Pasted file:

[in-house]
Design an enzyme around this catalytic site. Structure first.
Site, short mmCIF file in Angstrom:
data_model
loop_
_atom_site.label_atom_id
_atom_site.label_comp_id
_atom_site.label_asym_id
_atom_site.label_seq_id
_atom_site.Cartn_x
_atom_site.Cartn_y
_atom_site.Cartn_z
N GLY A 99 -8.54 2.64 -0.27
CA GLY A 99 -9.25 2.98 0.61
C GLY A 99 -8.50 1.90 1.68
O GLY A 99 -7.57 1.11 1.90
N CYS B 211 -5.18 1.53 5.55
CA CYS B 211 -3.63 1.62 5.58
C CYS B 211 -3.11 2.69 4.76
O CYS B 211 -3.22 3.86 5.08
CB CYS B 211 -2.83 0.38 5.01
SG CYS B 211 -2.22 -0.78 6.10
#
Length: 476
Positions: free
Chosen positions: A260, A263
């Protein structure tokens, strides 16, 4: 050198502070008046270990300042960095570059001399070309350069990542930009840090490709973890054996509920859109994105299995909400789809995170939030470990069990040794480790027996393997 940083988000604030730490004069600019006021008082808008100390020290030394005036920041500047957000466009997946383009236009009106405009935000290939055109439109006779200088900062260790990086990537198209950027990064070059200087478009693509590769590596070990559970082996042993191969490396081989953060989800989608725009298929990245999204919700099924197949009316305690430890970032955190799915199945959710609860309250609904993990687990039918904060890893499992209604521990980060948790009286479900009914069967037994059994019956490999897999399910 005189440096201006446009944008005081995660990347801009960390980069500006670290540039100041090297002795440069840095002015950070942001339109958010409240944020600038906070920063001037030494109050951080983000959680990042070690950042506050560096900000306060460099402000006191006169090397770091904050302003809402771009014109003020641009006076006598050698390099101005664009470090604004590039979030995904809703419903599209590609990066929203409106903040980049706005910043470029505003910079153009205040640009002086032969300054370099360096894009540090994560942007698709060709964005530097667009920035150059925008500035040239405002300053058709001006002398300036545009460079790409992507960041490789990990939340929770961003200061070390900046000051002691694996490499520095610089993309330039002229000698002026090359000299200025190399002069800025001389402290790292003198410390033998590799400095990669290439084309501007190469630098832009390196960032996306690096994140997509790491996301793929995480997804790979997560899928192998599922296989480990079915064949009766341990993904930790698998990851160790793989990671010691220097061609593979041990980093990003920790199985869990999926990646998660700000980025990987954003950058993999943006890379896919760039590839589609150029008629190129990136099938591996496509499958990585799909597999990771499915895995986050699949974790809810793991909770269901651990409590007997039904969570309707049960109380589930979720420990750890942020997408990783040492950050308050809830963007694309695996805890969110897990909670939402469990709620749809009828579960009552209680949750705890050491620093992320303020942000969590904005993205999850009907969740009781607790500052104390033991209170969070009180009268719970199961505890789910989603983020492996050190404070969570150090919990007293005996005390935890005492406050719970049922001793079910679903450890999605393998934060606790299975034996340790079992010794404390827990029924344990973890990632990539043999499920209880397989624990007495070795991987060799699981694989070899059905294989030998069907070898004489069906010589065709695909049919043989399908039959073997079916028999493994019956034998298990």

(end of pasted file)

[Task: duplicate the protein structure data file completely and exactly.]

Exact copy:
[in-house]
Design an enzyme around this catalytic site. Structure first.
Site, short mmCIF file in Angstrom:
data_model
loop_
_atom_site.label_atom_id
_atom_site.label_comp_id
_atom_site.label_asym_id
_atom_site.label_seq_id
_atom_site.Cartn_x
_atom_site.Cartn_y
_atom_site.Cartn_z
N GLY A 99 -8.54 2.64 -0.27
CA GLY A 99 -9.25 2.98 0.61
C GLY A 99 -8.50 1.90 1.68
O GLY A 99 -7.57 1.11 1.90
N CYS B 211 -5.18 1.53 5.55
CA CYS B 211 -3.63 1.62 5.58
C CYS B 211 -3.11 2.69 4.76
O CYS B 211 -3.22 3.86 5.08
CB CYS B 211 -2.83 0.38 5.01
SG CYS B 211 -2.22 -0.78 6.10
#
Length: 476
Positions: free
Chosen positions: A260, A263
């Protein structure tokens, strides 16, 4: 050198502070008046270990300042960095570059001399070309350069990542930009840090490709973890054996509920859109994105299995909400789809995170939030470990069990040794480790027996393997 940083988000604030730490004069600019006021008082808008100390020290030394005036920041500047957000466009997946383009236009009106405009935000290939055109439109006779200088900062260790990086990537198209950027990064070059200087478009693509590769590596070990559970082996042993191969490396081989953060989800989608725009298929990245999204919700099924197949009316305690430890970032955190799915199945959710609860309250609904993990687990039918904060890893499992209604521990980060948790009286479900009914069967037994059994019956490999897999399910 005189440096201006446009944008005081995660990347801009960390980069500006670290540039100041090297002795440069840095002015950070942001339109958010409240944020600038906070920063001037030494109050951080983000959680990042070690950042506050560096900000306060460099402000006191006169090397770091904050302003809402771009014109003020641009006076006598050698390099101005664009470090604004590039979030995904809703419903599209590609990066929203409106903040980049706005910043470029505003910079153009205040640009002086032969300054370099360096894009540090994560942007698709060709964005530097667009920035150059925008500035040239405002300053058709001006002398300036545009460079790409992507960041490789990990939340929770961003200061070390900046000051002691694996490499520095610089993309330039002229000698002026090359000299200025190399002069800025001389402290790292003198410390033998590799400095990669290439084309501007190469630098832009390196960032996306690096994140997509790491996301793929995480997804790979997560899928192998599922296989480990079915064949009766341990993904930790698998990851160790793989990671010691220097061609593979041990980093990003920790199985869990999926990646998660700000980025990987954003950058993999943006890379896919760039590839589609150029008629190129990136099938591996496509499958990585799909597999990771499915895995986050699949974790809810793991909770269901651990409590007997039904969570309707049960109380589930979720420990750890942020997408990783040492950050308050809830963007694309695996805890969110897990909670939402469990709620749809009828579960009552209680949750705890050491620093992320303020942000969590904005993205999850009907969740009781607790500052104390033991209170969070009180009268719970199961505890789910989603983020492996050190404070969570150090919990007293005996005390935890005492406050719970049922001793079910679903450890999605393998934060606790299975034996340790079992010794404390827990029924344990973890990632990539043999499920209880397989624990007495070795991987060799699981694989070899059905294989030998069907070898004489069906010589065709695909049919043989399908039959073997079916028999493994019956034998298990």